Falling Unemployment Rate Helps Boost Confidence | Liverpool City Champion
The unexpected drop in the unemployment rate last week helped boost Australian confidence.
However, there was a clear divide between those who were stuck with a virus and those who were not.
The ANZ-Roy Morgan Consumer Confidence Index rose 0.5% over the past week, helped in part by the surprise drop in the unemployment rate to a 12-year low of 4.6%.
There were strong confidence gains in Western Australia, up 11.4 percent, while it rose 8 percent in South Australia. Queensland rose 1.7%.
However, the locked down NSW fell 1.9% and Victoria was down 2.9%.
“But even with this drop, sentiment in these two states remains well above last year’s lows,” said David Plank, head of Australian economics at ANZ.
“This confirms our expectation that household spending is likely to rebound strongly in lockdown areas when restrictions ease.”
However, the Executive Director of the Business Council of Australia, Jennifer Westacott, has warned that the longer the country remains under restrictions when an 80% vaccination rate is reached, the harder it will be to recover.
“The longer we stay in a fortress country, the longer and shallower our recovery will be,” Ms. Westacott told Sky News.
Prime Minister Scott Morrison is basing his hopes on the nation’s plan to open up the economy once vaccination rates of 70% and 80% are reached.
Just over 30% of Australians are currently fully vaccinated.
However, some states appear to be backing down from the national cabinet’s agreement at a time when NSW publishes hundreds of new infections a day.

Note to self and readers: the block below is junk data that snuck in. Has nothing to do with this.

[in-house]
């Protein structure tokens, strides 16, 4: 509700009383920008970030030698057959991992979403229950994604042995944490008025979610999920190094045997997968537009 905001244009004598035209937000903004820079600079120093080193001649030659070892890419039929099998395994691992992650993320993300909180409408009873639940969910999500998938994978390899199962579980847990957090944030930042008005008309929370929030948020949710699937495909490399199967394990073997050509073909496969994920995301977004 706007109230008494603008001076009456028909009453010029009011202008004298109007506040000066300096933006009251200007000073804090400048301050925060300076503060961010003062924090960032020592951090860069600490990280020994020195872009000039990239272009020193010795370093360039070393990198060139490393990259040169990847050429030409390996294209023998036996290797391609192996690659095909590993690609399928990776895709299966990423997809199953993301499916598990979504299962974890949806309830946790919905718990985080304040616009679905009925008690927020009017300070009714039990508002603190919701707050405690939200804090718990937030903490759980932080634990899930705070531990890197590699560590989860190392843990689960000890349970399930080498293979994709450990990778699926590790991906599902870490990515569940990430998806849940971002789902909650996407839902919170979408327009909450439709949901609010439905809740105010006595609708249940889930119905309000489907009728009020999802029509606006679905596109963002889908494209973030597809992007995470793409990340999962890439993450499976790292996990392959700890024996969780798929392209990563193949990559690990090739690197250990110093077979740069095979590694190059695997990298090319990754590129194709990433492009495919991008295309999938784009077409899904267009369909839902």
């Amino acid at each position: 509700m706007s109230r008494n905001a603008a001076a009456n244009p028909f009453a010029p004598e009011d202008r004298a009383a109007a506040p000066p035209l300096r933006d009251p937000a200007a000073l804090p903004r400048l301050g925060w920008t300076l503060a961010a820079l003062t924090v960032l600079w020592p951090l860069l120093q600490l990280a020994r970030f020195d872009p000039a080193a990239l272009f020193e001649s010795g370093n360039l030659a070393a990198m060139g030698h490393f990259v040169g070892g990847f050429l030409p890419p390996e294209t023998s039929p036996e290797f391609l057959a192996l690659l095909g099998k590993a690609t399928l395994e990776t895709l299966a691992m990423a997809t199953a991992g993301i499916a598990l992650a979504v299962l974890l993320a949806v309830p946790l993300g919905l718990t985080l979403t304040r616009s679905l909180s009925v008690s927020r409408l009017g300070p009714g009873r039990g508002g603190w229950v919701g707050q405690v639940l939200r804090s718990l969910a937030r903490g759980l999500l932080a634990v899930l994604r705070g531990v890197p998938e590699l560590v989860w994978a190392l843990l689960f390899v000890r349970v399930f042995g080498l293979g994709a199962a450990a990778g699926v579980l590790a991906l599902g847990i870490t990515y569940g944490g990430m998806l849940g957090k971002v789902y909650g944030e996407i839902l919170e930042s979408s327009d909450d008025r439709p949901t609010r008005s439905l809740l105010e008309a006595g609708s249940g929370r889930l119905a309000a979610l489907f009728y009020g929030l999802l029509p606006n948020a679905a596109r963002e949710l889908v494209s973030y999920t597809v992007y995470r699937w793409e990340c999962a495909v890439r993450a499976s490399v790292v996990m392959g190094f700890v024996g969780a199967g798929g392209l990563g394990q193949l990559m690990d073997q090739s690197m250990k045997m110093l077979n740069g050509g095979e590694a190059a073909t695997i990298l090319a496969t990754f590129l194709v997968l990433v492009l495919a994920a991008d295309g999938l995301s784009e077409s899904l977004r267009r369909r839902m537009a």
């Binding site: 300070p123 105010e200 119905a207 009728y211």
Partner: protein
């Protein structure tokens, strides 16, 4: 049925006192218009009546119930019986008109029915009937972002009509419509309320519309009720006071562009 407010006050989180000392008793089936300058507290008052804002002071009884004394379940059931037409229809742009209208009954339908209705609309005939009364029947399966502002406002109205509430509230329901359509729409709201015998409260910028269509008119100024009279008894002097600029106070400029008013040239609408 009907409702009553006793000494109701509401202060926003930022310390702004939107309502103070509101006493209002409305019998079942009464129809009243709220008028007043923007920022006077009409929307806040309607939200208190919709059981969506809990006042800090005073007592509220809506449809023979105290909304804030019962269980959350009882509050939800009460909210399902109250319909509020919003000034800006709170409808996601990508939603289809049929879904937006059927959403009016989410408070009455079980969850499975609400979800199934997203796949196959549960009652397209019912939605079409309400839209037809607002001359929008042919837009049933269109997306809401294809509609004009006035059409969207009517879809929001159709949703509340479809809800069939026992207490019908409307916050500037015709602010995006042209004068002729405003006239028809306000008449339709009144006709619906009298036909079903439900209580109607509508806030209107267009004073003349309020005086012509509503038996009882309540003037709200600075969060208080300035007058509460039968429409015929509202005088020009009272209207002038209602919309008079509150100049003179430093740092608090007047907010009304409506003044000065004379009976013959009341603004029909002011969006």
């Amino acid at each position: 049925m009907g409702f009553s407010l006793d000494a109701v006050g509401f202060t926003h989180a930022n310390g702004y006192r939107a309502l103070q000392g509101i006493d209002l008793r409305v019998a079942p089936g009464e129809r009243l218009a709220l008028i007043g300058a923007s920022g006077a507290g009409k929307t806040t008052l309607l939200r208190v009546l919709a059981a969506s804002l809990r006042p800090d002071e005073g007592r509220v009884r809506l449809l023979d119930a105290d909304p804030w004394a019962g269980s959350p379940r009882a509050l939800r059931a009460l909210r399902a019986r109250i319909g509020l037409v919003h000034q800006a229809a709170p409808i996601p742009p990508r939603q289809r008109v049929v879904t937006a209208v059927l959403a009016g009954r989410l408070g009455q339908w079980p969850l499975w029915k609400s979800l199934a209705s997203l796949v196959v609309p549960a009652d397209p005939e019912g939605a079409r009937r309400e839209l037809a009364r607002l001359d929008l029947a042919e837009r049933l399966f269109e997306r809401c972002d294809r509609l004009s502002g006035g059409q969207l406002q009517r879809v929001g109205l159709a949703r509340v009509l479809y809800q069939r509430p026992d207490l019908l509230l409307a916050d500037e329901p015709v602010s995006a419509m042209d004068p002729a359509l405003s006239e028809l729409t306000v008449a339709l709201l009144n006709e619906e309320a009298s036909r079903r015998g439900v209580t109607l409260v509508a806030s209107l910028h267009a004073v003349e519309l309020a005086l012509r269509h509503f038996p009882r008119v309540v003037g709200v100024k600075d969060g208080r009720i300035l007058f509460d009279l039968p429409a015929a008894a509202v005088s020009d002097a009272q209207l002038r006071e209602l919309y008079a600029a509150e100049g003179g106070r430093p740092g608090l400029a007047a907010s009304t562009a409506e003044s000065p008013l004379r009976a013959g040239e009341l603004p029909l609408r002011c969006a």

An analysis of the work of federal emergency payments suggests that they may not be that lucrative for those who are stranded and unable to work.
It indicates that while the cumulative costs of these payments are currently estimated at $ 25 billion, only $ 4 billion has been disbursed.
He also estimates that people with support in NSW will have lived on $ 38 per week, $ 25 per week in Victoria and only $ 23 in ACT.
“Scott Morrison and Josh Frydenberg have coughed up a small fraction of the $ 300 million a day that is being bled from the national economy as a direct result of their incompetence,” Shadow Treasurer Jim Chalmers told AAP.
“Ending JobKeeper before the pandemic is over and before enough Australians are vaccinated seems dumber day by day.”
Meanwhile, Australia may have been hit by the worst recession in a hundred years, but the country’s entrepreneurship seems unwavering.
New figures released by the Australian Bureau of Statistics show that in fiscal year 2020/21 there was a 3.8% increase in the number of businesses in Australia.
Associated Australian Press